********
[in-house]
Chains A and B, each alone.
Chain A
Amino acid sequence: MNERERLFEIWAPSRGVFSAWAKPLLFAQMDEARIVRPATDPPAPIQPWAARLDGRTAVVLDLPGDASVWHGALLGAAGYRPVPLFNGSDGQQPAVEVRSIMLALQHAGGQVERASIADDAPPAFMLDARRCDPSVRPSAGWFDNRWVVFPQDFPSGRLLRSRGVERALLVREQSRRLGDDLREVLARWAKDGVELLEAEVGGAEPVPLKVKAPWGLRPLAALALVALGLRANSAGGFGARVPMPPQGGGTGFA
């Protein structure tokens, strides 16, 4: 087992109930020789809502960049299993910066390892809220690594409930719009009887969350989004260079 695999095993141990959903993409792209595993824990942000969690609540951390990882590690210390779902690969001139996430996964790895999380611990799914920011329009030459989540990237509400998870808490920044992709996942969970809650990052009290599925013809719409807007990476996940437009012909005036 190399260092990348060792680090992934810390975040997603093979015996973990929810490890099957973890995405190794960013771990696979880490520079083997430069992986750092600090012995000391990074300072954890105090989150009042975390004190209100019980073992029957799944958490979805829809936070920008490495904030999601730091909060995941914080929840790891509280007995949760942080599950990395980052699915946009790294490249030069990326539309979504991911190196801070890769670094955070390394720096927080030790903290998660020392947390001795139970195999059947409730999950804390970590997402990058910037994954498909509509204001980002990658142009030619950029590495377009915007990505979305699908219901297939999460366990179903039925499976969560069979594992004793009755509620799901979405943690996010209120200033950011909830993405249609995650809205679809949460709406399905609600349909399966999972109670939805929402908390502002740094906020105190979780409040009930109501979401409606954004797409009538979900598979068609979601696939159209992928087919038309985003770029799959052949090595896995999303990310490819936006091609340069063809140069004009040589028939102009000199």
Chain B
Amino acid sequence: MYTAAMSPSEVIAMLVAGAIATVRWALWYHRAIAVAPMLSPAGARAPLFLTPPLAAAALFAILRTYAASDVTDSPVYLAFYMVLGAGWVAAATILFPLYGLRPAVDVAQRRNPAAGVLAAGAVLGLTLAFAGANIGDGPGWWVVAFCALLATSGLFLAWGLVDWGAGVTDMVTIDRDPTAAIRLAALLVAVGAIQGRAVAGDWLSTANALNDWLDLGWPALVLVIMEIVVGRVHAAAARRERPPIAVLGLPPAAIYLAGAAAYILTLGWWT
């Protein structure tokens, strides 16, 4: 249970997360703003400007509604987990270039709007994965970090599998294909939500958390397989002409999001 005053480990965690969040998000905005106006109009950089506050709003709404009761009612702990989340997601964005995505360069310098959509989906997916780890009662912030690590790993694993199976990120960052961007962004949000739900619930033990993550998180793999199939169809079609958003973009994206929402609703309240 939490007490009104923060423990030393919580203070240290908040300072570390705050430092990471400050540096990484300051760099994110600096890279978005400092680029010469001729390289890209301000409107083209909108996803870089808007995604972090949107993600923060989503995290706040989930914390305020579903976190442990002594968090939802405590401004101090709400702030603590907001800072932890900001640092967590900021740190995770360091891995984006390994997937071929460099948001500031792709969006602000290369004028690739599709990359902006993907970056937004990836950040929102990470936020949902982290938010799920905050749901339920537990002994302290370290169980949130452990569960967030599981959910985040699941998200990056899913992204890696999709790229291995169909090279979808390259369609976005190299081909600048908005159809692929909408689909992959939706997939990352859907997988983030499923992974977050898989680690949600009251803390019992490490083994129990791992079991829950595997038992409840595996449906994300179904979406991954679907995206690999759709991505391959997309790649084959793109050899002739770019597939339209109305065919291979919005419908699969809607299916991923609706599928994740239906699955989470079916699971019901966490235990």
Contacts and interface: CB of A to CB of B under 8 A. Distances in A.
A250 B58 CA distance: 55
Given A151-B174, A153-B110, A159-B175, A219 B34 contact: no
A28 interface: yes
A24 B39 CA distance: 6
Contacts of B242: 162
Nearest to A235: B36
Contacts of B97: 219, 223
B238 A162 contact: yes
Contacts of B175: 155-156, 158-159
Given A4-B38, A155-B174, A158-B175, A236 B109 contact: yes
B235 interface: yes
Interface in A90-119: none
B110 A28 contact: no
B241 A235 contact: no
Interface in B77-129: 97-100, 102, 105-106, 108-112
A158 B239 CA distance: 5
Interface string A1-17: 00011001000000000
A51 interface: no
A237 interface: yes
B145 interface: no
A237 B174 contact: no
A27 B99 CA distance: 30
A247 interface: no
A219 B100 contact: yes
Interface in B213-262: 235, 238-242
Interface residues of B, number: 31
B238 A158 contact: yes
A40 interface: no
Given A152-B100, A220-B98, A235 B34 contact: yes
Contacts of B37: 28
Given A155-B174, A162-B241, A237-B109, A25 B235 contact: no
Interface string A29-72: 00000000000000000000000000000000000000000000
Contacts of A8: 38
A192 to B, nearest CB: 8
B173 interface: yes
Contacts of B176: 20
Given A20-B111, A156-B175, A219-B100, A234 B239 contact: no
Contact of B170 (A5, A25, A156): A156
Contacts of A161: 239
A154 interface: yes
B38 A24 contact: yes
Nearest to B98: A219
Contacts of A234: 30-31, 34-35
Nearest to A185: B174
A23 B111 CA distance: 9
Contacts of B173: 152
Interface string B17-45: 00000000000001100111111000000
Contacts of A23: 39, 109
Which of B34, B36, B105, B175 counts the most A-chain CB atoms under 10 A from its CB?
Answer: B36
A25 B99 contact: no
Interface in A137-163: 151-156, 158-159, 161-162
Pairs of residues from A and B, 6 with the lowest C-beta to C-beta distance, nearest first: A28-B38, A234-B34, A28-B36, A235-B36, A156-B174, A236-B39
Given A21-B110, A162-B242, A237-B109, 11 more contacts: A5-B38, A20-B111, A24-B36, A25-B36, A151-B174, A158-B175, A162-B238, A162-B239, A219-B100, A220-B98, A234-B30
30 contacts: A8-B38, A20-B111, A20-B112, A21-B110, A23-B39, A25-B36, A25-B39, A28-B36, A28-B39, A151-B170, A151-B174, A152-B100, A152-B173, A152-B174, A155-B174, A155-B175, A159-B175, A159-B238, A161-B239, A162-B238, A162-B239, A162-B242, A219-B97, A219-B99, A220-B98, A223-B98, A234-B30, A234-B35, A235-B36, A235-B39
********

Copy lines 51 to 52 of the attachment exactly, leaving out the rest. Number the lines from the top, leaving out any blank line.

Nearest to B98: A219
Contacts of A234: 30-31, 34-35